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Why I didn't stop using Firefox

Why I didn't stop using Firefox

Posted Feb 9, 2012 13:06 UTC (Thu) by sorpigal (subscriber, #36106)
Parent article: Tracking users

I've probably tried every browser invented by man and I always return to Mozilla.

I have tried using Chrom{e,ium} several times but I now fire it up only on occasion if I find a single page/site on which I need to do something outside my whitelisted sandbox. Ironically I find that the performance of Chrome is just too awful compared to Firefox; with Chrome memory usage starts lower but becomes pathological with a large number of tabs, and similarly I start to see weird CPU spikes and major UI lag as I approach 100 tabs. Firefox became more and more unusable over long sessions with a lot of tabs (e.g. >300) in older versions but over the last year has gotten quite a lot better, and its low-tab-count behavior has gotten closer to Chrome.

Chrome's attempt to minimize browser UI and maximize space given over to the web page, a trend which has been followed by IE and Firefox, leads to clunky unusability. In the other browsers I don't have much recourse, but Firefox lets me fix it out of the box. With Chrome and other browsers you need extensions to help make sense of more than about 30 tabs at once, but Firefox has several built in features that make this a breeze: tab pinning, tab groups, and switch-to-tab in the location bar. And then there are the extensions! NoScript, RequestPolicy, FlashBlock, Calomel, ShareMeNot. All essential to secure, safe browsing, more so than any 'privacy' mode.

The major thing that has frustrated me with Firefox is its performance. You can never be too responsive! It just so happens that for my uses all the other options suck more, but for most people they don't. For light browsing Chrome is faster and more responsive; for heavy users Firefox is still the only serious option.

I think that the Mozilla folks shouldn't be too worried about collecting usage metrics, it's speed and the perception of speed which are needed to remain competitive. The only other data you really need is to know which extensions are popular, but you can figure that out from download statistics almost as well.

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Why I didn't stop using Firefox

Posted Feb 9, 2012 17:44 UTC (Thu) by yokem_55 (subscriber, #10498) [Link]

300 Tabs? I tend to think your use case is well outside the mainstream....

Why I didn't stop using Firefox

Posted Feb 9, 2012 17:47 UTC (Thu) by khim (subscriber, #9252) [Link]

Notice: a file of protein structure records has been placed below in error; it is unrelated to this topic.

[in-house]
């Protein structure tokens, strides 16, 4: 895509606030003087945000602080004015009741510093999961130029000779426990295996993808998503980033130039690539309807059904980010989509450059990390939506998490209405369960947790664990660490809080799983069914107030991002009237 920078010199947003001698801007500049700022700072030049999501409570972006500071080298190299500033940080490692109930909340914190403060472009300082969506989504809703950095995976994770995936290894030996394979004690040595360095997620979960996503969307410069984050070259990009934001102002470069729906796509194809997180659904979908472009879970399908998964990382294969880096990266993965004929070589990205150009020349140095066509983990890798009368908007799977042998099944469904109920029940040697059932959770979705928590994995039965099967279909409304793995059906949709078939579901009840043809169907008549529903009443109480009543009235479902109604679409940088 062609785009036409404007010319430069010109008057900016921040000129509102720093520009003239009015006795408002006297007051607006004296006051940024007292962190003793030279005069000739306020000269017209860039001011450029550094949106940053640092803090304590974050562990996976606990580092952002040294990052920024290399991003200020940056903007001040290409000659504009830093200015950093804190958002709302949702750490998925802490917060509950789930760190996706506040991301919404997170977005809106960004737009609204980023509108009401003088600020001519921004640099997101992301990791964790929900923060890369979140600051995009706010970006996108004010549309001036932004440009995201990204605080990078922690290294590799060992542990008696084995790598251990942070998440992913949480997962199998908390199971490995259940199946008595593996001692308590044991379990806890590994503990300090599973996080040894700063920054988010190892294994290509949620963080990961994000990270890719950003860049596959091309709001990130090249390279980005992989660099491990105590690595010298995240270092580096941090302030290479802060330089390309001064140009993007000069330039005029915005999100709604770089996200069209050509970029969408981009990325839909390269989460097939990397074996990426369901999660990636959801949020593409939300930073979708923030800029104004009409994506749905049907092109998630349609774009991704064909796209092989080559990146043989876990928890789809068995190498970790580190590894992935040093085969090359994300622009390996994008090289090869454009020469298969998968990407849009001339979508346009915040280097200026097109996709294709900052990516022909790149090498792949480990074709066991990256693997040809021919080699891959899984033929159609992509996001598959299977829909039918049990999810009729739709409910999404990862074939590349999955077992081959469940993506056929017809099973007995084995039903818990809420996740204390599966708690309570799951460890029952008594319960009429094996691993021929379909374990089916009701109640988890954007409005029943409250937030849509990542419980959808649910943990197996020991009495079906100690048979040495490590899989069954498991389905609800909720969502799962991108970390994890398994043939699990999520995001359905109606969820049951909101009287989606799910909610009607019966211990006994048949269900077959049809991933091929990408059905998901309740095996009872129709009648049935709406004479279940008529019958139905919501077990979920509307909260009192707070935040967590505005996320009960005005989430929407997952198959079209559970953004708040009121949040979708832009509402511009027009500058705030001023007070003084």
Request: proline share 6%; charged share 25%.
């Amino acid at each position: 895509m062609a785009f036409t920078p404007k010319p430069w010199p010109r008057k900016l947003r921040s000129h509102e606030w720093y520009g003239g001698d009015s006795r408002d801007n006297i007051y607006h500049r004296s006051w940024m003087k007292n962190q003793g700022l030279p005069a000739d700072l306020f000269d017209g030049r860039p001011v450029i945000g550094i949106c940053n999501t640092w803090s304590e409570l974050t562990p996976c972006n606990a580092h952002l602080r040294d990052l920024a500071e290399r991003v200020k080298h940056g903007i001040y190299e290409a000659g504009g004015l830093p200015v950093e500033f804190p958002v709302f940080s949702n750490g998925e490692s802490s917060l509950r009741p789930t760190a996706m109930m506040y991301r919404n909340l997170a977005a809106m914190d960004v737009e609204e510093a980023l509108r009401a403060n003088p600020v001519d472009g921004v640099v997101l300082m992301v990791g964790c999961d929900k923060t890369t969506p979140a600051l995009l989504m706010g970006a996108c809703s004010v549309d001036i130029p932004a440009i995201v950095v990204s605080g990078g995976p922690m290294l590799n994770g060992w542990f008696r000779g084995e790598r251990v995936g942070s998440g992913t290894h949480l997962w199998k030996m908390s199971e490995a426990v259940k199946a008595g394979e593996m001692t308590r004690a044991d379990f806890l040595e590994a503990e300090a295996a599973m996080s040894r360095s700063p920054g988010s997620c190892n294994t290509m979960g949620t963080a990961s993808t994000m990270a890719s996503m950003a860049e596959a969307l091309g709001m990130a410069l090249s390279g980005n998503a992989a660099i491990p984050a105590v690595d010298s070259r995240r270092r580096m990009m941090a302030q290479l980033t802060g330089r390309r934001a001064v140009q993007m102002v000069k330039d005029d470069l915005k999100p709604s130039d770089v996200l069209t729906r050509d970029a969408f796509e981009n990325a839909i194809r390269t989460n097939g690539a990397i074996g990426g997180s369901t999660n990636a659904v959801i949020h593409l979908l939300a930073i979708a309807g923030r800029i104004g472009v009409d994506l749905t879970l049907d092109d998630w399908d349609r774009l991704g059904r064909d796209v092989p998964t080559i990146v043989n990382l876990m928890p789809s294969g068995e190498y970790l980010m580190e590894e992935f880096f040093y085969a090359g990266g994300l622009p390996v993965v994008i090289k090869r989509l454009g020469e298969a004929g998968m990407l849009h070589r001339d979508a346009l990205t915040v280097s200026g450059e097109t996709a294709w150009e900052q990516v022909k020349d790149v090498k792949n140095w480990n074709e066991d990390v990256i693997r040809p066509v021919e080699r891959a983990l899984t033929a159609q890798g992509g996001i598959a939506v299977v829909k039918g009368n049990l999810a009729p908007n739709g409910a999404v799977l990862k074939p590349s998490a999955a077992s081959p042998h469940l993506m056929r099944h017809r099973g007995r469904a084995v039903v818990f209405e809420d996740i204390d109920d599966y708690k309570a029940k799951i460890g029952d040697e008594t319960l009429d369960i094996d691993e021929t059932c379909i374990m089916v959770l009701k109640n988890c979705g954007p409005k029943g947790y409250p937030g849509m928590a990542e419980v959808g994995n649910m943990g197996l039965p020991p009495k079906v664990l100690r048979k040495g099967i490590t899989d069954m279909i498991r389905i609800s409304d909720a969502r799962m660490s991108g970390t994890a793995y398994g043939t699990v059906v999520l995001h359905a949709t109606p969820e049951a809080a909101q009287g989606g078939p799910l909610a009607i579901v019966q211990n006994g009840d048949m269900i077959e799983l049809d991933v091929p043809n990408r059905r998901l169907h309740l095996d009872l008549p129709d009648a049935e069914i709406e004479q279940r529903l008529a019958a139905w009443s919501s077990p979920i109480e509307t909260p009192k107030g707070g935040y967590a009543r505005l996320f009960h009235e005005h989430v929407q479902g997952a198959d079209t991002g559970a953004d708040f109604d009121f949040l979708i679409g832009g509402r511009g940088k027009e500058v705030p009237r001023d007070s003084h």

Serious use just needs serious system. On my desktop with 16 cores and 32GB of RAM Chromium flies even with 300 tabs. Now, if I need 2000 tabs…, yes Firefox is better here, but I think I only ever needed this once for the last year.

Why I didn't stop using Firefox

Posted Feb 10, 2012 12:59 UTC (Fri) by sorpigal (subscriber, #36106) [Link]

Don't you find physically managing so many tabs problematic in Chromium?

The UI stalling behavior doesn't seem to be dependant on hitting RAM or CPU bottlenecks, since when it happens I still have idle and under-used cores, and ram is not close to full. As I understand it, Chrome stops giving you "one tab per process" once you pass a certain number of tabs and I'm guessing that's where the problem comes from.

My test system is smaller than yours: 8 cores and 8G RAM, but that ought to be sufficient out to at least 100 tabs.

Why I didn't stop using Firefox

Posted Feb 10, 2012 13:52 UTC (Fri) by khim (subscriber, #9252) [Link]

I rarely keep them all in one window. It's easy to move tabs around in Chrome thus I group them in windows thematically and then spread windows over virtual desktops.

Why I didn't stop using Firefox

Posted Feb 14, 2012 13:28 UTC (Tue) by sorpigal (subscriber, #36106) [Link]

That explains your success. When I say 100 tabs, I mean per window. Tab title width becomes useless in chrome very quickly, though there are extensions which can make it behave like Firefox.

Why I didn't stop using Firefox

Posted Feb 10, 2012 16:31 UTC (Fri) by KaiRo (subscriber, #1987) [Link]

You will be happy to hear that Mozilla is making a special effort recently to improve responsiveness - internally code-named "project snappy" - and we hope to see results of that hit in the next couple of releases.

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